This is an interactive immersive installation design based on emotion visualization. It aims to develop immersive interactive space that can communicate our real-time emotional state. This will not only help us in becoming more self-aware but also reflect on our affective state.
"Have you seen yourself a minute ago?" This is a slow self-examination experience. Each viewer can see the particle landscape constructed by himself and his emotions at the same time. Every tiny emotional change will be recorded by the moving particles , just like a frame of a movie. This depiction and reproduction of emotions keeps us away from our own subjective experience and encourages us to think rationally when narrating what happened to us. The designer create a kind of "imaginary rationality" for our own feelings, aesthetic experience and moral practice in order to understand them.
The audience will experience not only the emotion at the moment, but more importantly, through the interaction of facial expressions, to achieve psychological repair. This work was implemented in the community of Wuhan, hoping to repair people who were psychologically affected by the epidemic.
Emo proposes the system of facial recognition and emotion classification based on the tri-dimensional theory of feelings of psychologist Wilhelm Wundt, which also includes the hardware system and the virtual visualization environment. It is argued that the proposed system not only explores an application of facial expression recognition in immersive spaces, but also carries out psychological intervention in the post-epidemic period, thereby constructing a public work of art with social awareness and responsibility.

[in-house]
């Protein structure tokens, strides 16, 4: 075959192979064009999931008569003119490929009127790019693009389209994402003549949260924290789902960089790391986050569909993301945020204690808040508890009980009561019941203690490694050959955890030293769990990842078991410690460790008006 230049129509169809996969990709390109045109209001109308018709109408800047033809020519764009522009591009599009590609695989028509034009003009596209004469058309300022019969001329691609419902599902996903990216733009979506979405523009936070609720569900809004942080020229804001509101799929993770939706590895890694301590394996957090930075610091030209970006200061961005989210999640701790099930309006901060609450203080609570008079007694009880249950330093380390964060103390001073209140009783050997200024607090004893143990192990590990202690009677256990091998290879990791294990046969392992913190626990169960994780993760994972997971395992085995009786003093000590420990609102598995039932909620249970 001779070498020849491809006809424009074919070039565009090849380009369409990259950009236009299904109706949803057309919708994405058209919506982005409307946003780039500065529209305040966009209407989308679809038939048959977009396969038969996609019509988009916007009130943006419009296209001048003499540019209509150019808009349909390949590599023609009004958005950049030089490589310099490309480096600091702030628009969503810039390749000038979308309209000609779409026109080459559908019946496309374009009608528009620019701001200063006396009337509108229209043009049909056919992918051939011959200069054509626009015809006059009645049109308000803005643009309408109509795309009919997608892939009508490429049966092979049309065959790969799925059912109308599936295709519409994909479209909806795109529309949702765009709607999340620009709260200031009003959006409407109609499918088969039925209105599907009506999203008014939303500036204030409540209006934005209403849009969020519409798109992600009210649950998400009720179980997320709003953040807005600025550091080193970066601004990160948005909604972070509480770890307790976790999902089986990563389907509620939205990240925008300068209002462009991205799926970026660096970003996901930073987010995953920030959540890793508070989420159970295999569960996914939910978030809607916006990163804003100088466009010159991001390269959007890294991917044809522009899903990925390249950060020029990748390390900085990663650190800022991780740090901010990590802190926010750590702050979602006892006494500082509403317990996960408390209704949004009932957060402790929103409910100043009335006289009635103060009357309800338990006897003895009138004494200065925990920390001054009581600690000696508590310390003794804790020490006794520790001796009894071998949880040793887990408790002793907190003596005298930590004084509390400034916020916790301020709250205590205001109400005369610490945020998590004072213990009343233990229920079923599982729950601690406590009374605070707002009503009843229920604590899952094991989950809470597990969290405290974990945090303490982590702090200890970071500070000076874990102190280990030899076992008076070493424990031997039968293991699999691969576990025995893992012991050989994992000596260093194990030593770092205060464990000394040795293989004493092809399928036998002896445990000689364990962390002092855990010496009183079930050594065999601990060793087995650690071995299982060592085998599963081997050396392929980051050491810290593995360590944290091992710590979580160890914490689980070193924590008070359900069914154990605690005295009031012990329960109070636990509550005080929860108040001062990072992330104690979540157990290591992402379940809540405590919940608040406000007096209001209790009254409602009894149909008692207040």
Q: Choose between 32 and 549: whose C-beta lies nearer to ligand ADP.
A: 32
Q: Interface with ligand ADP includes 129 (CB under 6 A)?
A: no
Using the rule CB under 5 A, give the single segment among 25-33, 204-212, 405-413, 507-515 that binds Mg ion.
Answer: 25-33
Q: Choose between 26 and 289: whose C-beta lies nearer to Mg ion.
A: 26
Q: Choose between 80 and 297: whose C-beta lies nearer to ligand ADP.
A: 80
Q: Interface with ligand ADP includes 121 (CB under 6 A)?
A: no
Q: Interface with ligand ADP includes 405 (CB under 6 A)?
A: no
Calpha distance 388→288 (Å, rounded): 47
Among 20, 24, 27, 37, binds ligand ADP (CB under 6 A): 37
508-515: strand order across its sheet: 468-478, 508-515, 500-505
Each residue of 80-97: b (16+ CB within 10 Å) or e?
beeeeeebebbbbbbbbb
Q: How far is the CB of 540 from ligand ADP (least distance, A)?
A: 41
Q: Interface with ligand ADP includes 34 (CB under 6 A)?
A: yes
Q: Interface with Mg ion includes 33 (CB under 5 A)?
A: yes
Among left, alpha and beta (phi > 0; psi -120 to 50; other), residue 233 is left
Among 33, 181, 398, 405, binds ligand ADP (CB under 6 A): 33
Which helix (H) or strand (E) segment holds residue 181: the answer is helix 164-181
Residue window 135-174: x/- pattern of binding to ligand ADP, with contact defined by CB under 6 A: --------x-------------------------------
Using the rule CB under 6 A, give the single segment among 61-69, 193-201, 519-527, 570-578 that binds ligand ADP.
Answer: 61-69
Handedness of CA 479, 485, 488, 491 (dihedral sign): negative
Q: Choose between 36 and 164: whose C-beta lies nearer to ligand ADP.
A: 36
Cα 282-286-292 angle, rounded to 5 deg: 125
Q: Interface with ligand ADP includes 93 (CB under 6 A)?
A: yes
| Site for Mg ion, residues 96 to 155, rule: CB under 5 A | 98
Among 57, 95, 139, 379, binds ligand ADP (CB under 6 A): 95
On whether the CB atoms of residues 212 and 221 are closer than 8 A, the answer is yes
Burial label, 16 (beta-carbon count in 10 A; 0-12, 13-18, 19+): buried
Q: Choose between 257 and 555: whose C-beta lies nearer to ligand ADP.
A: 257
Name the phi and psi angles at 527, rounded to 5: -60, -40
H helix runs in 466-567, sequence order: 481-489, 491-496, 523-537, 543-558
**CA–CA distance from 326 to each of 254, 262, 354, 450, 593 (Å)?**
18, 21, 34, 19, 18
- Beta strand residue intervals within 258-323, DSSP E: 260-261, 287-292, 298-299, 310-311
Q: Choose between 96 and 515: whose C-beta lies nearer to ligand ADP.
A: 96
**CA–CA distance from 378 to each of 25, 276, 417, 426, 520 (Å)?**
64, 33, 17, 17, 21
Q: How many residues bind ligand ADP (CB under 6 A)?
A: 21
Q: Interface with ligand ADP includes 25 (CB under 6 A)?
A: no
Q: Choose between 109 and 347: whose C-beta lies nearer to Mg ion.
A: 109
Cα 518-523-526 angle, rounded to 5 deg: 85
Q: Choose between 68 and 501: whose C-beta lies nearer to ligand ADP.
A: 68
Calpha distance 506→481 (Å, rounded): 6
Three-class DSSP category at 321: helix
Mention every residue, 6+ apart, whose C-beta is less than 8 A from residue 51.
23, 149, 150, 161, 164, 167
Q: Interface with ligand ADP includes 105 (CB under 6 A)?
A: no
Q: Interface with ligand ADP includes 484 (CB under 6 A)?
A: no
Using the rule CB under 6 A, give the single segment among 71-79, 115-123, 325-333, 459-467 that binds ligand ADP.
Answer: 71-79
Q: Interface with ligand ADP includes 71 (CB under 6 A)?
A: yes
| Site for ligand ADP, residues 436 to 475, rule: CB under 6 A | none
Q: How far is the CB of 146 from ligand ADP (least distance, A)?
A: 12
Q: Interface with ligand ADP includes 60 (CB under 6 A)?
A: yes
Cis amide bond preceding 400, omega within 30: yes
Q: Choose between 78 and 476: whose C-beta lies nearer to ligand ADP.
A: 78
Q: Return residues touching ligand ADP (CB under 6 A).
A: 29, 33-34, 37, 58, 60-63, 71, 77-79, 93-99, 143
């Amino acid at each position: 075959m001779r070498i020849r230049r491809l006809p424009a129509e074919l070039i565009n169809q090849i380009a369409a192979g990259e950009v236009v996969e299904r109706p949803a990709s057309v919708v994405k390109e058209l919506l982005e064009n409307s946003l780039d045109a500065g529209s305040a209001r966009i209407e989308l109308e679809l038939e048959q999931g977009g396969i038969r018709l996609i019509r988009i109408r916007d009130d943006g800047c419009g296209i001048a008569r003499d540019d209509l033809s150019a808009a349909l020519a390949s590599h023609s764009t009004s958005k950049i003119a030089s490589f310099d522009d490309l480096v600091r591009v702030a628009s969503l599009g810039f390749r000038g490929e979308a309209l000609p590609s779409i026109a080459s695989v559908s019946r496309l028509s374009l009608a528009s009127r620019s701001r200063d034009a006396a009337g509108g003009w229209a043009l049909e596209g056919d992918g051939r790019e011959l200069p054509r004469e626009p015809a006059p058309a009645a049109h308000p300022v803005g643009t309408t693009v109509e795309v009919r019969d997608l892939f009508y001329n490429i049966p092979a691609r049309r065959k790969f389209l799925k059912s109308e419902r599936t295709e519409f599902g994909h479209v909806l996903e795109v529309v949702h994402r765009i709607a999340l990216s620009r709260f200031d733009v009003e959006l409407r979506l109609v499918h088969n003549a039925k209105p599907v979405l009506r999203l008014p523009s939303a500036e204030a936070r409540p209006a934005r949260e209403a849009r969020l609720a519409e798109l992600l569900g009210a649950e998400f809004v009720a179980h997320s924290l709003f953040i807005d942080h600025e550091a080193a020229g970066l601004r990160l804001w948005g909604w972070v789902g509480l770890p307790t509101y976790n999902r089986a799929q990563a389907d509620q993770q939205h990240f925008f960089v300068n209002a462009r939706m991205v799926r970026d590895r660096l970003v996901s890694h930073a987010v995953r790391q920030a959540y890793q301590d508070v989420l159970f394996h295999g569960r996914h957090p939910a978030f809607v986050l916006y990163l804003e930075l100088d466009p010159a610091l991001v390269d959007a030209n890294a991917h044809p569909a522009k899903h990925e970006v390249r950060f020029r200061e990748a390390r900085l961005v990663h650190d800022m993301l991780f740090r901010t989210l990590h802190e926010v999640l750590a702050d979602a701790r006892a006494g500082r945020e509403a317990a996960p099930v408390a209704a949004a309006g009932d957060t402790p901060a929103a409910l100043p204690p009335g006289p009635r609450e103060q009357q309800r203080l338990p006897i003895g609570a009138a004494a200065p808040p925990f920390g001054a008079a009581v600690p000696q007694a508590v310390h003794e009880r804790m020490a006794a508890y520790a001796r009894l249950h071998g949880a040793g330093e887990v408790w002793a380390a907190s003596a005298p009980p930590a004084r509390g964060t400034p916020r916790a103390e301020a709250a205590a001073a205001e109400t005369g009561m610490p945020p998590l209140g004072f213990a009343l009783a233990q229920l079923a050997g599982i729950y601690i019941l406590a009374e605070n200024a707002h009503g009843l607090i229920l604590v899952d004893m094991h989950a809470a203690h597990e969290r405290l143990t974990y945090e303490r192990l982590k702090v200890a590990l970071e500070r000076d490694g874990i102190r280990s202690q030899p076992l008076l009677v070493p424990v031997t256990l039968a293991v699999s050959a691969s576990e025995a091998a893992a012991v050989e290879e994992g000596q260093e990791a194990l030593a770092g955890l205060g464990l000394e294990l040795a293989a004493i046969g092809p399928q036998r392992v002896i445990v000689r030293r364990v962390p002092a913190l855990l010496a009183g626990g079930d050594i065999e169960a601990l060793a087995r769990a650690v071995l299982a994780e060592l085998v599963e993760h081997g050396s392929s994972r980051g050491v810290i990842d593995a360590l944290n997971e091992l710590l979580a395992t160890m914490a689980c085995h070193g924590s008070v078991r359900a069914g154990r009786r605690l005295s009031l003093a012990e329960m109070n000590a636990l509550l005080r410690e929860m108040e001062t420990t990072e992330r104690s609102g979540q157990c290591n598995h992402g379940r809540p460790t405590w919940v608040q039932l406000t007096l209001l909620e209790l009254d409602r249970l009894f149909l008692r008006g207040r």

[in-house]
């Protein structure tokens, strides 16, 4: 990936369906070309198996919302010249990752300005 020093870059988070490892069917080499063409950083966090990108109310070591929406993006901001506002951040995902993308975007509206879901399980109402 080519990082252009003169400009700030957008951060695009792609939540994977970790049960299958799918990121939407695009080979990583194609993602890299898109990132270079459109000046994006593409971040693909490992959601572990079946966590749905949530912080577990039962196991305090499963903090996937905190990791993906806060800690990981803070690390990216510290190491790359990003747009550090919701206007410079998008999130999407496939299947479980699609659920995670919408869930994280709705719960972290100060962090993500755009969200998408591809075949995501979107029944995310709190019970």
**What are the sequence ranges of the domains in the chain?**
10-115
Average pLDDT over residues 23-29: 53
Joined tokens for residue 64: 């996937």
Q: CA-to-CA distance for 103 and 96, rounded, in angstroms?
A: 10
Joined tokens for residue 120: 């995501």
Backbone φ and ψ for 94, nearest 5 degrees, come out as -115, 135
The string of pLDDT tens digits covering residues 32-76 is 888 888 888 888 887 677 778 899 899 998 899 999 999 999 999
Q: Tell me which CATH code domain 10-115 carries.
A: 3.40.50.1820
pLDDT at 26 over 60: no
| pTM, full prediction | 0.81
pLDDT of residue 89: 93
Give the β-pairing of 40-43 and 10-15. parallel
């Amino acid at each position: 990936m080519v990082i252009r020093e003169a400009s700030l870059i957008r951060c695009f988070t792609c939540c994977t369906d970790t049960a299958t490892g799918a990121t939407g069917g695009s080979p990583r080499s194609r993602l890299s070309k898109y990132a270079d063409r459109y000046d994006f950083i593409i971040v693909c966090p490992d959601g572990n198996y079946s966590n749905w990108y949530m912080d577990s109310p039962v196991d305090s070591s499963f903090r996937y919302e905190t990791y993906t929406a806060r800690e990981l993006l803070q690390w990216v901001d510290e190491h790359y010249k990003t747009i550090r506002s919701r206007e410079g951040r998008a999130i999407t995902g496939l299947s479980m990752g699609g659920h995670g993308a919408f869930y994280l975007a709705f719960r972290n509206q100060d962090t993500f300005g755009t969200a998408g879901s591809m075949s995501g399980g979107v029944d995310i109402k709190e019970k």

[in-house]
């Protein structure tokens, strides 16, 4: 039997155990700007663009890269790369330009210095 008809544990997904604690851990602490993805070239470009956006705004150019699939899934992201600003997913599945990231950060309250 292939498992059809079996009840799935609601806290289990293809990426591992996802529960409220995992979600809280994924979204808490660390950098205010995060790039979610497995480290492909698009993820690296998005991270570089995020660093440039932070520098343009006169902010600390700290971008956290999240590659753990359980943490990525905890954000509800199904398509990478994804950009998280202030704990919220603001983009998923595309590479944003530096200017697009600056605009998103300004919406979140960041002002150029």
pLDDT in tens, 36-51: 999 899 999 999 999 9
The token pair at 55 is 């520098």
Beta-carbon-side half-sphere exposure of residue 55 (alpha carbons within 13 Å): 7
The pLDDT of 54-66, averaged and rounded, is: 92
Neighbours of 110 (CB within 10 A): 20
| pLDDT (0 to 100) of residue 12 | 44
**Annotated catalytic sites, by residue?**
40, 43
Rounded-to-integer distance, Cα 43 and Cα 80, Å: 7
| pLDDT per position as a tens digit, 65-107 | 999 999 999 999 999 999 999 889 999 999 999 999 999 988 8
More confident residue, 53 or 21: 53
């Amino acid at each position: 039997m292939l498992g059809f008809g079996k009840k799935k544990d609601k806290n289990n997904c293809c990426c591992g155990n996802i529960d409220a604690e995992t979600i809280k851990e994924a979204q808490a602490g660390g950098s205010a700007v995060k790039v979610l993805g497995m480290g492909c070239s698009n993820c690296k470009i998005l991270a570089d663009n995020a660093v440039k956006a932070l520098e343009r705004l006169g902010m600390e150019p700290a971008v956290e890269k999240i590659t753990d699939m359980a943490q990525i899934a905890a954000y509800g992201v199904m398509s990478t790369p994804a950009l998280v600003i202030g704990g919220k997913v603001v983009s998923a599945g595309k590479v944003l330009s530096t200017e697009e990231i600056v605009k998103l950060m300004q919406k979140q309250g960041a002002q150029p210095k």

This work was selected for 10th Anniversary Shanghai City of Design Exhibition and New Horizons Young Designers Exhibition in Zhuhai. Xiying was also invited as a feature lecturer to share this project at 'Human to Human' forum of Suzhou Design Week.
Emo: An Emotion-visual Interactive Immersive InstallationXiying Bao
nstallation design rendering effectXiying Bao
Diagram of installation structureXiying Bao
Emotion visualization according to different facial expressionXiying Bao
Screenshot of Processing demoXiying Bao
Installation design rendering effectXiying Bao
A participants stepped on the staircase to interact with the installation Xiying Bao